Tuesday, April 28, 2009
In a word, I thought Big Blue's draft was solid. We got value while addressing need. We picked up some promising receivers in Nicks and Barden, addressed the O-Line and Line backing corps on Day 1, and added depth and competition all around - competition that is going to make this team better right away.
Some may be disappointed that Jerry Reese did not pull off a trade for a veteran wide out like Braylon Edwards, but, looking back at this weekend's haul, I think we will be better off in the near and long term. I elaborate more in the video...
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Continue reading "GSTV Giants Draft Recap 2009"
Sunday, April 26, 2009
I will check in tomorrow with a GSTV episode discussing how I think the Giants fared this weekend, but for now, I want touch on a few general things from the draft.
The #1 Pick
The Lions locked up QB Matt Stafford on the eve of the draft with the richest rookie contract in NFL history. The Lions desperately needed to give their franchise a fresh start. While they may have contemplated going with an OT or with LB Aaron Curry, it’s is a QB-driven game in the end. Stafford gives them a future leader on the field and the face of the franchise off it. The key for Detroit will be to allow him to develop before they throw him to the…Lions’ opponents.
Give Culpepper the reigns next season, let Stafford learn and before you put him in, make sure he has a front line to protect him and weapons he can work with. TE Brandon Pettigrew is a good start…
Jets Land Sanchez
With Stafford projected to go first overall, USC’s Mark Sanchez was the most widely-coveted QB heading into the weekend. There were a number of teams that were said to have their eyes on Sanchez, and when Seattle didn’t take him at #4, the Jets pulled the trigger to get their man. The “other New York team” had one of the worst QB situations in the league following the second retirement of Brett Favre. Kellen Clemens is no better than a back-up and I don’t think the other players at the position have taken a snap in the NFL.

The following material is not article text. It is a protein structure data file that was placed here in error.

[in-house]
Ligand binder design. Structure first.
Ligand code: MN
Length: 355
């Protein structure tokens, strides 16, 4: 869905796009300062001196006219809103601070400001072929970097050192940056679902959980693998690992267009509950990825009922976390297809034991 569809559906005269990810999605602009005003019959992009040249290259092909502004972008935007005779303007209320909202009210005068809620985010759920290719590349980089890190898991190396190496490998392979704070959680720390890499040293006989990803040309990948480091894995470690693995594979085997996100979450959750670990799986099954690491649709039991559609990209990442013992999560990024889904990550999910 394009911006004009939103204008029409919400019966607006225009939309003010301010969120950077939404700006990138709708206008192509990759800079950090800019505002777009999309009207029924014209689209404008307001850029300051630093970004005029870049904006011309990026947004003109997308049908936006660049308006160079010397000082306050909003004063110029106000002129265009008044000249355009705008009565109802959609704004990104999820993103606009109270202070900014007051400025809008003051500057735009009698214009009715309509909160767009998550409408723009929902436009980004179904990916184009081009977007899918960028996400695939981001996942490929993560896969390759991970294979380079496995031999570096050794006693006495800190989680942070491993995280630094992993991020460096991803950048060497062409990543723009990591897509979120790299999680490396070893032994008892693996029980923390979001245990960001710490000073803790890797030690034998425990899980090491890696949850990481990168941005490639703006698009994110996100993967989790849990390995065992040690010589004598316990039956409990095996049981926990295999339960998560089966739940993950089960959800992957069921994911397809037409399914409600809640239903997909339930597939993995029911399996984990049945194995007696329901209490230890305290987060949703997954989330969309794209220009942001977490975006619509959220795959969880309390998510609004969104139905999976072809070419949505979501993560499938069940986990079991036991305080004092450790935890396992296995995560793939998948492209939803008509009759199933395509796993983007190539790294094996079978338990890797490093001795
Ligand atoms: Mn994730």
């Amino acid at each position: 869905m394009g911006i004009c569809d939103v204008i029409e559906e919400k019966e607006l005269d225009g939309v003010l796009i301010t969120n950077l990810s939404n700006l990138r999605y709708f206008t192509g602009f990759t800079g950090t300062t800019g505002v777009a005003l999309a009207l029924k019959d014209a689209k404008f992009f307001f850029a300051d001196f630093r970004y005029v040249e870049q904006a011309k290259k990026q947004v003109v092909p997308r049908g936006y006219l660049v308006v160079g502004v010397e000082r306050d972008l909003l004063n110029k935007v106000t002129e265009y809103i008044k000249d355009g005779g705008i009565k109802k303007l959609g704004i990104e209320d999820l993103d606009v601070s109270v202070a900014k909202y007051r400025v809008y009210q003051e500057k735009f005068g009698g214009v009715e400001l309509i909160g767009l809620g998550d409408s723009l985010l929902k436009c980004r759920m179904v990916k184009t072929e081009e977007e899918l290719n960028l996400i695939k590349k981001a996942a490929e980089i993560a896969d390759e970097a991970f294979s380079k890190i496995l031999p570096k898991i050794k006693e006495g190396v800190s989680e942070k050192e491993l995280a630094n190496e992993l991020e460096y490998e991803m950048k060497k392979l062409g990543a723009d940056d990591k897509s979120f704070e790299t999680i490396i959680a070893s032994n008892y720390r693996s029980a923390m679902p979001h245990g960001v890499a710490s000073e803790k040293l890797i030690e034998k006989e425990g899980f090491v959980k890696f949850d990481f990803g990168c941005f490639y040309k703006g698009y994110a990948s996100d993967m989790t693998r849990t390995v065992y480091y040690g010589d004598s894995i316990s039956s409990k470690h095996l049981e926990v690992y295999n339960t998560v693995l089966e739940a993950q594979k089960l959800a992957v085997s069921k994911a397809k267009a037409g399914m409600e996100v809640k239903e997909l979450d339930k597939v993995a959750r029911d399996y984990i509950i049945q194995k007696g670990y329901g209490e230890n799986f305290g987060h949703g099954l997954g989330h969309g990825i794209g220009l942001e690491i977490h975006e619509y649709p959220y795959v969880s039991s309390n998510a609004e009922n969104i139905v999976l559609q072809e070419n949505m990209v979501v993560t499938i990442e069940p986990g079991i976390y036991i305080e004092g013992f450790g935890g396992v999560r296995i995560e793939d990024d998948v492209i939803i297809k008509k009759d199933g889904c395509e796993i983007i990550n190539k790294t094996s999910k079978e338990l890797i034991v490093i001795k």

I think Sanchez has the tools and personality to succeed in the NFL and in New York. He’s also going into a great situation with a solid O-line, solid running game, and great defense. He should be the starter in Week 1, and I think, looking back in a few years, he will be the best QB taken in this draft.
Wide Receiver Shake-ups
When Oakland selected Darrius Heyward-Bey as the first WR taken in the draft, I think the consensus was unanimous: “WHAT?!?!” (and if you were a Giants fan like me, “Yes, we’re not going to trade up for that guy!”) The speedster has impressive natural talent, but taking him over Maclin, Harvin, and certainly Crabtree, is mind-boggling. He was a boom or bust type of prospect heading into this weekend, and I think heading out to the black hole of the NFL will ensure his status as the latter.
As for the other top talent at wide out, the 49ers drafted a star in Michael Crabtree. I know some people weren’t impressed with him in interviews (more on this later), but I think he will be an impact player out there in the NFC West. The Eagles got a great compliment to DeSean Jackson and weapon for Donovan McNabb in Jeremy Maclin; the Vikings took a chance on the explosive yet troubled Percy Harvin. For those guys to fall to the limited extent they did could have a huge impact for the teams that landed them.
Another Year for OT's
Three tackles were chosen in the first eight picks. Jason Smith becomes the heir apparent to Hall of Famer Orlando Pace in St. Louis. Andre Smith, who many claim was the most talented tackle in this draft, gives Carson Palmer somebody to cover his blindside for many years to come, and the Jaguars picked up Eugene Monroe. (They then added Eben Britton in the 2nd round to solidify an offensive line that was decimated by injuries last year.)
The best story at this position however, and arguably this draft, is Michael Oher. Oher’s story is incredible, so much so that they are writing a book and making a movie about it. I can’t do it justice, but essentially the kid was homeless, adopted off the street by this family who took him in as their own and provided him with a great education. Now, he’s the first round draft choice of the Baltimore Ravens. From his story to his draft day interview, this kid is a class act and I think he will be a tremendous player in this league.
Winners and Losers
Some might say this draft lacked the “star power” of other years - no Reggie Bushes, Adrian Petersons, Matt Ryans – but I think this batch of draftees was very talented and a number of teams finished the weekend in good shape. Of course, it’s hard to truly measure the quality of a team’s draft class right after the fact, but here are my initial impressions of some teams that did really well for themselves this year.
I will start at the top of the board with the Detroit Lions. This team is a perennial high draft picker. Coming off of last season, things could get no worse for them and with a new front office and new coaching staff this team is looking to turn the corner. They made some nice picks on both sides of the ball in an attempt to lay the foundation for a more prosperous future, with Stafford as the cornerstone. They picked up the best TE in the draft in Brandon Pettigrew, giving him another target to go along with Calvin Johnson. They added Louis Delmas, the best safety in the draft, and added WR/KR Derrick Willams on day 2. Another year or two and this team might not be completely horrendous.